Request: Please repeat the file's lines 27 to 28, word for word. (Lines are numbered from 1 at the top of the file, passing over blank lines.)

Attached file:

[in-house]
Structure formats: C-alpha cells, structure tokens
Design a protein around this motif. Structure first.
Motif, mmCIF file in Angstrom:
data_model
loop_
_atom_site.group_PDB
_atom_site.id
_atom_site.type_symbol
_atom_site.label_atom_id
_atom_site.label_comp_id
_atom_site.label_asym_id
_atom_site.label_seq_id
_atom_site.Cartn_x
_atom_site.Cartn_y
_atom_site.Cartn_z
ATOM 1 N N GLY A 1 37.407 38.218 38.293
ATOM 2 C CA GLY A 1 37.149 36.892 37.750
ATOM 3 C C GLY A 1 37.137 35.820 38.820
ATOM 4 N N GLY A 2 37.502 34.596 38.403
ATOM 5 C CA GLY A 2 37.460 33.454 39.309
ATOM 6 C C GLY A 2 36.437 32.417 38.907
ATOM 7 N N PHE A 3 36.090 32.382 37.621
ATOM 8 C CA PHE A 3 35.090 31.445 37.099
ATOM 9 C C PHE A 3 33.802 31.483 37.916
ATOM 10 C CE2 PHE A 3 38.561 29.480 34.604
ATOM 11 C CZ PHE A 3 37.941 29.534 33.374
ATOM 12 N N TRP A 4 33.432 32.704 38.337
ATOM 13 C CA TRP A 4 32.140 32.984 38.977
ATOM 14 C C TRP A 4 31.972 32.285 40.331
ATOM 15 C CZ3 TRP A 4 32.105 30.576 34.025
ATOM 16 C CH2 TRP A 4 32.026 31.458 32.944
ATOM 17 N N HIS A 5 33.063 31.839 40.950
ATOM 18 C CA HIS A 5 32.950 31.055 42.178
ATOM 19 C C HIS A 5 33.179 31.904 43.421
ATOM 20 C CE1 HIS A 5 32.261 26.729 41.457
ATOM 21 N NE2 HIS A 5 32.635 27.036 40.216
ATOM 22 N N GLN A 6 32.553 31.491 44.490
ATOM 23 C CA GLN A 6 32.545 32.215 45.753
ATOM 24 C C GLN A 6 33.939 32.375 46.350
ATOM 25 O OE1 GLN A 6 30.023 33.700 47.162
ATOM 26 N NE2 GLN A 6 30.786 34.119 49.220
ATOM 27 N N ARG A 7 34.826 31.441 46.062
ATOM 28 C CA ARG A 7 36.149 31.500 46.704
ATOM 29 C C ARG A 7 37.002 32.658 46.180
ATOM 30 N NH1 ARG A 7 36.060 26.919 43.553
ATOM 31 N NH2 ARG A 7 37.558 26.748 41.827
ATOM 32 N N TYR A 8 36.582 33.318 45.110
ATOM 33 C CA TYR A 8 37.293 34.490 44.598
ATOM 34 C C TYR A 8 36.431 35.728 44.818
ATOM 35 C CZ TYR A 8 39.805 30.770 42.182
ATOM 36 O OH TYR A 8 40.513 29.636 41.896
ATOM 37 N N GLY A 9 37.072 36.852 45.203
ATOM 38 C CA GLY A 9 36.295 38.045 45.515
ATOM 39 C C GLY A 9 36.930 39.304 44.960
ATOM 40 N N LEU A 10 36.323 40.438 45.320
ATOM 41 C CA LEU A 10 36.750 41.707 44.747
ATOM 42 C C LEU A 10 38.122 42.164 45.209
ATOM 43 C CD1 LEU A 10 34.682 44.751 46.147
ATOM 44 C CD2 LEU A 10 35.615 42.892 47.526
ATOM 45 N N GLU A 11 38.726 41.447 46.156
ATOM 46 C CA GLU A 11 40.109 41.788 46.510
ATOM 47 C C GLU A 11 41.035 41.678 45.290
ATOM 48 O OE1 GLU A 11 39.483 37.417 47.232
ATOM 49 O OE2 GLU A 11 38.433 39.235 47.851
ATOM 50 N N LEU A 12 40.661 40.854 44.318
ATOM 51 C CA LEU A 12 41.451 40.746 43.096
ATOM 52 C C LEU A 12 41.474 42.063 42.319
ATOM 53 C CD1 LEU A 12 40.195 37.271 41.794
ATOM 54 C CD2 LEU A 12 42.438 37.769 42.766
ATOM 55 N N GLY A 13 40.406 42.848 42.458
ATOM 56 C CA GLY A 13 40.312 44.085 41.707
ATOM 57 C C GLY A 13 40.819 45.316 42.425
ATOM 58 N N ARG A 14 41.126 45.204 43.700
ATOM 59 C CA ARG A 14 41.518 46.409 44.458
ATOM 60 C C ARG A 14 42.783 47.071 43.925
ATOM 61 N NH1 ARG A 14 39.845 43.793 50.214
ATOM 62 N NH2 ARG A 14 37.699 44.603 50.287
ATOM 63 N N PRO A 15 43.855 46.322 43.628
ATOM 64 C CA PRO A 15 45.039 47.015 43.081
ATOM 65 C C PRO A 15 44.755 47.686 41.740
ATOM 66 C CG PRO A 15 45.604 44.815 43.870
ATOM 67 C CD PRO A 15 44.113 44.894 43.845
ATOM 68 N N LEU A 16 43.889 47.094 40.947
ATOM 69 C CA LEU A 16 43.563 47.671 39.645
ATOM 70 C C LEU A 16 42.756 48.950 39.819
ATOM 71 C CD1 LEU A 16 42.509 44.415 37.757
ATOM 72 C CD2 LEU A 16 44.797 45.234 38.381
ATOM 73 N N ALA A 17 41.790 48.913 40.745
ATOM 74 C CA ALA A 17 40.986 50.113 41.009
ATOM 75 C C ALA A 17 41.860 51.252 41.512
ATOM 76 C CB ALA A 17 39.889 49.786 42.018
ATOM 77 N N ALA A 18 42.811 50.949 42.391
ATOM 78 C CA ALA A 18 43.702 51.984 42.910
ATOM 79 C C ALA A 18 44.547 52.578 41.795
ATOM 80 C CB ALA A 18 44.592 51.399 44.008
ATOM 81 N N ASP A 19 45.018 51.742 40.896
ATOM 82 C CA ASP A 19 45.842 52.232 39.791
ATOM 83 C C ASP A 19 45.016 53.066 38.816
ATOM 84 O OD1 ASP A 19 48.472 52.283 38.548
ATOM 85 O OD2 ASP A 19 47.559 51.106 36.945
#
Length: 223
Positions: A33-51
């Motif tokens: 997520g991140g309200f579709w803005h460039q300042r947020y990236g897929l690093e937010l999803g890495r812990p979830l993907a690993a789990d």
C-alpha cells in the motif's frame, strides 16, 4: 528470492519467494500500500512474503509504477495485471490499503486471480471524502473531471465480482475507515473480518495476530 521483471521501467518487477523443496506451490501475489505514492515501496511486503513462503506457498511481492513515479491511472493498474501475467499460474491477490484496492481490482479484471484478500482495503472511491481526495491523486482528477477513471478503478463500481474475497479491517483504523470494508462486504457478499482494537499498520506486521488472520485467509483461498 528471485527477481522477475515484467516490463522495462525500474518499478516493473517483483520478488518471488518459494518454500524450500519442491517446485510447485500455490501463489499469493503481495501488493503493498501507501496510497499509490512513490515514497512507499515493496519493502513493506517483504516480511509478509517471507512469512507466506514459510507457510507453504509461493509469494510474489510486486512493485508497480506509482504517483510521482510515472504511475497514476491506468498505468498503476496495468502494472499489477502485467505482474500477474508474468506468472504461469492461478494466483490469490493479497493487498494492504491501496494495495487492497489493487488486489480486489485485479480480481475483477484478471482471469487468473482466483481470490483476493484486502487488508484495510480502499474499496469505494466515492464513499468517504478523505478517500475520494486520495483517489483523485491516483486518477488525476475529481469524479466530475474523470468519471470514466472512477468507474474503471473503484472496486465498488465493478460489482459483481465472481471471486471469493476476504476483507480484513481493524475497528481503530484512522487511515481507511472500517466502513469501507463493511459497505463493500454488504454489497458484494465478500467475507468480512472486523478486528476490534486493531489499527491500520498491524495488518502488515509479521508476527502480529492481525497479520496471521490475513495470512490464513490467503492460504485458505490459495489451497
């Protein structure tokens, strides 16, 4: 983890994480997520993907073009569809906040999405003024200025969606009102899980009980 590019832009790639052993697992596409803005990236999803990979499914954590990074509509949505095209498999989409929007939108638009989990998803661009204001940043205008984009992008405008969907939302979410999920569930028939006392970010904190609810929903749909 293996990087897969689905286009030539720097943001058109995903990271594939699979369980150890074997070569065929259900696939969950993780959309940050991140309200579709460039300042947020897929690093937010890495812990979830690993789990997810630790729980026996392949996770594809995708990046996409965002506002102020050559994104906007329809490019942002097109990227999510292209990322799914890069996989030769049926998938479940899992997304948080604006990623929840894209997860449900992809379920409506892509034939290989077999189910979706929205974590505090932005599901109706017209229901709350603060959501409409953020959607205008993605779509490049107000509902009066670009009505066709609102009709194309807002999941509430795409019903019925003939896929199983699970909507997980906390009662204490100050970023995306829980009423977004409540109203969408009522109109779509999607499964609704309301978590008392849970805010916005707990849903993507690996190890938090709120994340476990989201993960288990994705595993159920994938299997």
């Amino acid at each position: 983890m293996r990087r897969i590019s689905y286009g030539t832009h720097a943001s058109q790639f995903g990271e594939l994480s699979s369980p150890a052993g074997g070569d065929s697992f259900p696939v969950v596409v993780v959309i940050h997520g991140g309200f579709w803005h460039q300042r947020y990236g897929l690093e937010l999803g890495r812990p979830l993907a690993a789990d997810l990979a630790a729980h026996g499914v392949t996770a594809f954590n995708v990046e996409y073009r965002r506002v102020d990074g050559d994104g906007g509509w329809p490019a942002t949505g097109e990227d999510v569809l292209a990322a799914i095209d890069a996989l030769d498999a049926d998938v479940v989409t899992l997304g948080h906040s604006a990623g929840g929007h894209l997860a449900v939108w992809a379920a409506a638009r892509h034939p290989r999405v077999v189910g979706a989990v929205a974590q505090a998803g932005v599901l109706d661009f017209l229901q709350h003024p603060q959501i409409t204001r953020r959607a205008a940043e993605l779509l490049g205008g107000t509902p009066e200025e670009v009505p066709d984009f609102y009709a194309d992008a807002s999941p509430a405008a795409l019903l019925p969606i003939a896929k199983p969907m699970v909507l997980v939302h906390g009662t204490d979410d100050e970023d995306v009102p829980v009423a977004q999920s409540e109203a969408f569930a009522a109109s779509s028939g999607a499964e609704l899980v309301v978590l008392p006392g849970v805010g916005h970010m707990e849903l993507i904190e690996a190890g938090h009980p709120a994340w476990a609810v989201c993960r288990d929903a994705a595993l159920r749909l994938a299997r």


ATOM 11 C CZ PHE A 3 37.941 29.534 33.374
ATOM 12 N N TRP A 4 33.432 32.704 38.337